To be honest, I don’t know what price points we should all be hitting, but anything below $4.99 for desktop software seems like far too low; in truth, I am starting to feel like the $4.99 price point is even a bit too low given how much work we put in our products. All I know is that we (software developers) need to end this race to the bottom on price.

Comments? Questions? Drop me a line on App.net, Google+, or Twitter. Also, pickup Code Journal.

Macbook Air for Development

If you have been following me on Google+, you may know that my beloved Macbook Pro had a little accident; I was working late and was extremely tired and I dropped my full mug of coffee directly onto my Macbook. That’s right the entire mug of steaming hot coffee went directly into my almost two thousand dollar laptop. Desperately, I began to dry off the machine and attempted to use compressed air to force out the moisture. I did this for some time  but finally had to go to sleep. All I could do was wait. In the morning it became clear that my machine was a doorstop, so I drove to the nearest Apple Store and made a purchase.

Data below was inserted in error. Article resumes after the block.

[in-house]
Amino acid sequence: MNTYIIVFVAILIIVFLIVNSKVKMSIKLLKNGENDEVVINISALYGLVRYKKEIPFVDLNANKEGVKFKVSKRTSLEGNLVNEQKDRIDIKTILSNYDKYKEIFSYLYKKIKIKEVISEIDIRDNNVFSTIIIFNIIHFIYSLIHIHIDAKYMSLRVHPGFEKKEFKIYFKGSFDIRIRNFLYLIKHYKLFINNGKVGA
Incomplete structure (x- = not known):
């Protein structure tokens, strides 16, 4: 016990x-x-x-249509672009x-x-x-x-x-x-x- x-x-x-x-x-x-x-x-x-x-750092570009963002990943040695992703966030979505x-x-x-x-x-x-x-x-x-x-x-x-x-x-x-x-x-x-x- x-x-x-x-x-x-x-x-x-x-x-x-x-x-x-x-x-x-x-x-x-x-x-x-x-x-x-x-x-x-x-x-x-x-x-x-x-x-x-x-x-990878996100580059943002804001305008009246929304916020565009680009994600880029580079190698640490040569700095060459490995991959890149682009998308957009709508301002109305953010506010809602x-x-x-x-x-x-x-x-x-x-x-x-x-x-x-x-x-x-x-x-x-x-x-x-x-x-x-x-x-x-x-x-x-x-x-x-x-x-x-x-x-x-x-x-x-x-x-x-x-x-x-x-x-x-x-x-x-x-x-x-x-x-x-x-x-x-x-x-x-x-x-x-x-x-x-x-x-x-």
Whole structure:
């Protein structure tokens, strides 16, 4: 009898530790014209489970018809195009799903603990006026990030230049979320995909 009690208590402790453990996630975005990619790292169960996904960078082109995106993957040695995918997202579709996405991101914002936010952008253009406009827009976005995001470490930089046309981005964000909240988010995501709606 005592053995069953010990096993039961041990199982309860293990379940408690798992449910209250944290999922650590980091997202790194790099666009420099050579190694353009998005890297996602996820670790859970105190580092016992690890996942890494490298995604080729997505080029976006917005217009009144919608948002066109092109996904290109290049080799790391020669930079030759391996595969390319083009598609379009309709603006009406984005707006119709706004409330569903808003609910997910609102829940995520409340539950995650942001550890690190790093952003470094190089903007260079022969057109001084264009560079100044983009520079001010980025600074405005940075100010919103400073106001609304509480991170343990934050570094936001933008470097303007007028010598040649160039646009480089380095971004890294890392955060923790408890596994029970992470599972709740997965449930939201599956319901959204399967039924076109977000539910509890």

The laptop being replaced is a Macbook Pro 13” i7 with 8GB of RAM. By any measure it is a powerhouse for a laptop; full disclosure it has had some trouble with kernel panicking that I believe were due to overheating.

 

As usual the Apple Store was jam packed, so I had to wait to speak to an employee, but that was fine, since I had not yet decided what to buy. I knew I wanted an Air; my experience with my XPS 13 has sold me on the virtues of SSD’s and frankly traditional spinning drives feel a bit antiquated to me know.

 

I also looked at the retina model for a few minutes. I can’t deny that it looks very pretty, but the web is not retina yet and the cost is a bit more than I want to spend; I have been going through a Mac laptop about one every eighteen months, so spending over two thousand dollars on a machine seemed foolish to me. Another point regarding resolution is that the Macbook Airs are all higher resolution than the machine that I was replacing and they look stunning.

 

If you can’t figure it out already, I bought an Air. I had thought that I needed to have the same amount of RAM as my pro, but, having done some research and having worked on my XPS a bit, I came to the understanding that an SSD really makes the most difference for the type of work I do on my Macs: iOS and Mac development.

 

For the stat minded, I got the 13” Air with 4GB of RAM and the 128GB SSD hard drive. Or in other words the base 13” model. How’s it going? So far so good.

 

Comments questions? Find me on Google+ or Twitter.